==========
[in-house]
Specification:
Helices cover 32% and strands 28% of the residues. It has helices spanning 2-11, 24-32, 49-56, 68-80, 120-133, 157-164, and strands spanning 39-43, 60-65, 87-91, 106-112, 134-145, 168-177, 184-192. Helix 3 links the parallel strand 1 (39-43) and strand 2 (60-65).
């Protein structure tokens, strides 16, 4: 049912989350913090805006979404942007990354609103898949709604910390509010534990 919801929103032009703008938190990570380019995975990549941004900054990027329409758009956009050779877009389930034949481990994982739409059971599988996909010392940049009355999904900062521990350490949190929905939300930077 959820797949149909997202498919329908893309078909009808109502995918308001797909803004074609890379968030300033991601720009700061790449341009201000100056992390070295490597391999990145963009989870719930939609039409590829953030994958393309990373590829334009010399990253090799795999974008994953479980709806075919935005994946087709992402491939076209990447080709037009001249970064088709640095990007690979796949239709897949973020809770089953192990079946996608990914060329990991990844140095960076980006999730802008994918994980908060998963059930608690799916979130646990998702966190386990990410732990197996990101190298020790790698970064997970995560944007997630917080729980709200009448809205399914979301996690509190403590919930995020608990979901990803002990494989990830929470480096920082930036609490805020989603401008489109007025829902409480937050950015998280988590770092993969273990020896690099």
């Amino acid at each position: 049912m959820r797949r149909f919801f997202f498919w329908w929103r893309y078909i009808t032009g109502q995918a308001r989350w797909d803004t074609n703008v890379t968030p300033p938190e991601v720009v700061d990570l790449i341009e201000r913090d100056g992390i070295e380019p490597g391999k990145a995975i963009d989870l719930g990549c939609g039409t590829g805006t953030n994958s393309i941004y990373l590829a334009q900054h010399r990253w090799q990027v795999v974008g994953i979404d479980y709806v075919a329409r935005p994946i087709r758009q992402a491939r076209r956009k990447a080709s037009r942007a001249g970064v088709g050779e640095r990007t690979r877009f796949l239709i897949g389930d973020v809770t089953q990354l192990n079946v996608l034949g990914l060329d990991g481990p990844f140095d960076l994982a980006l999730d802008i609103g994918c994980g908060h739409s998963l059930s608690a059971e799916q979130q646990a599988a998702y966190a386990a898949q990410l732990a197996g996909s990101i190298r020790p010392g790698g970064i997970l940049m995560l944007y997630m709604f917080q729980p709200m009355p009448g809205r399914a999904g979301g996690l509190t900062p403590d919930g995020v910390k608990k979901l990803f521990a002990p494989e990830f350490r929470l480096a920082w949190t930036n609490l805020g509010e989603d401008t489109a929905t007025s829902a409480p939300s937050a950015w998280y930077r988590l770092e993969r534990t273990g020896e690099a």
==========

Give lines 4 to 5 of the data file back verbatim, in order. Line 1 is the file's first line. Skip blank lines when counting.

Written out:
């Protein structure tokens, strides 16, 4: 049912989350913090805006979404942007990354609103898949709604910390509010534990 919801929103032009703008938190990570380019995975990549941004900054990027329409758009956009050779877009389930034949481990994982739409059971599988996909010392940049009355999904900062521990350490949190929905939300930077 959820797949149909997202498919329908893309078909009808109502995918308001797909803004074609890379968030300033991601720009700061790449341009201000100056992390070295490597391999990145963009989870719930939609039409590829953030994958393309990373590829334009010399990253090799795999974008994953479980709806075919935005994946087709992402491939076209990447080709037009001249970064088709640095990007690979796949239709897949973020809770089953192990079946996608990914060329990991990844140095960076980006999730802008994918994980908060998963059930608690799916979130646990998702966190386990990410732990197996990101190298020790790698970064997970995560944007997630917080729980709200009448809205399914979301996690509190403590919930995020608990979901990803002990494989990830929470480096920082930036609490805020989603401008489109007025829902409480937050950015998280988590770092993969273990020896690099």
């Amino acid at each position: 049912m959820r797949r149909f919801f997202f498919w329908w929103r893309y078909i009808t032009g109502q995918a308001r989350w797909d803004t074609n703008v890379t968030p300033p938190e991601v720009v700061d990570l790449i341009e201000r913090d100056g992390i070295e380019p490597g391999k990145a995975i963009d989870l719930g990549c939609g039409t590829g805006t953030n994958s393309i941004y990373l590829a334009q900054h010399r990253w090799q990027v795999v974008g994953i979404d479980y709806v075919a329409r935005p994946i087709r758009q992402a491939r076209r956009k990447a080709s037009r942007a001249g970064v088709g050779e640095r990007t690979r877009f796949l239709i897949g389930d973020v809770t089953q990354l192990n079946v996608l034949g990914l060329d990991g481990p990844f140095d960076l994982a980006l999730d802008i609103g994918c994980g908060h739409s998963l059930s608690a059971e799916q979130q646990a599988a998702y966190a386990a898949q990410l732990a197996g996909s990101i190298r020790p010392g790698g970064i997970l940049m995560l944007y997630m709604f917080q729980p709200m009355p009448g809205r399914a999904g979301g996690l509190t900062p403590d919930g995020v910390k608990k979901l990803f521990a002990p494989e990830f350490r929470l480096a920082w949190t930036n609490l805020g509010e989603d401008t489109a929905t007025s829902a409480p939300s937050a950015w998280y930077r988590l770092e993969r534990t273990g020896e690099a």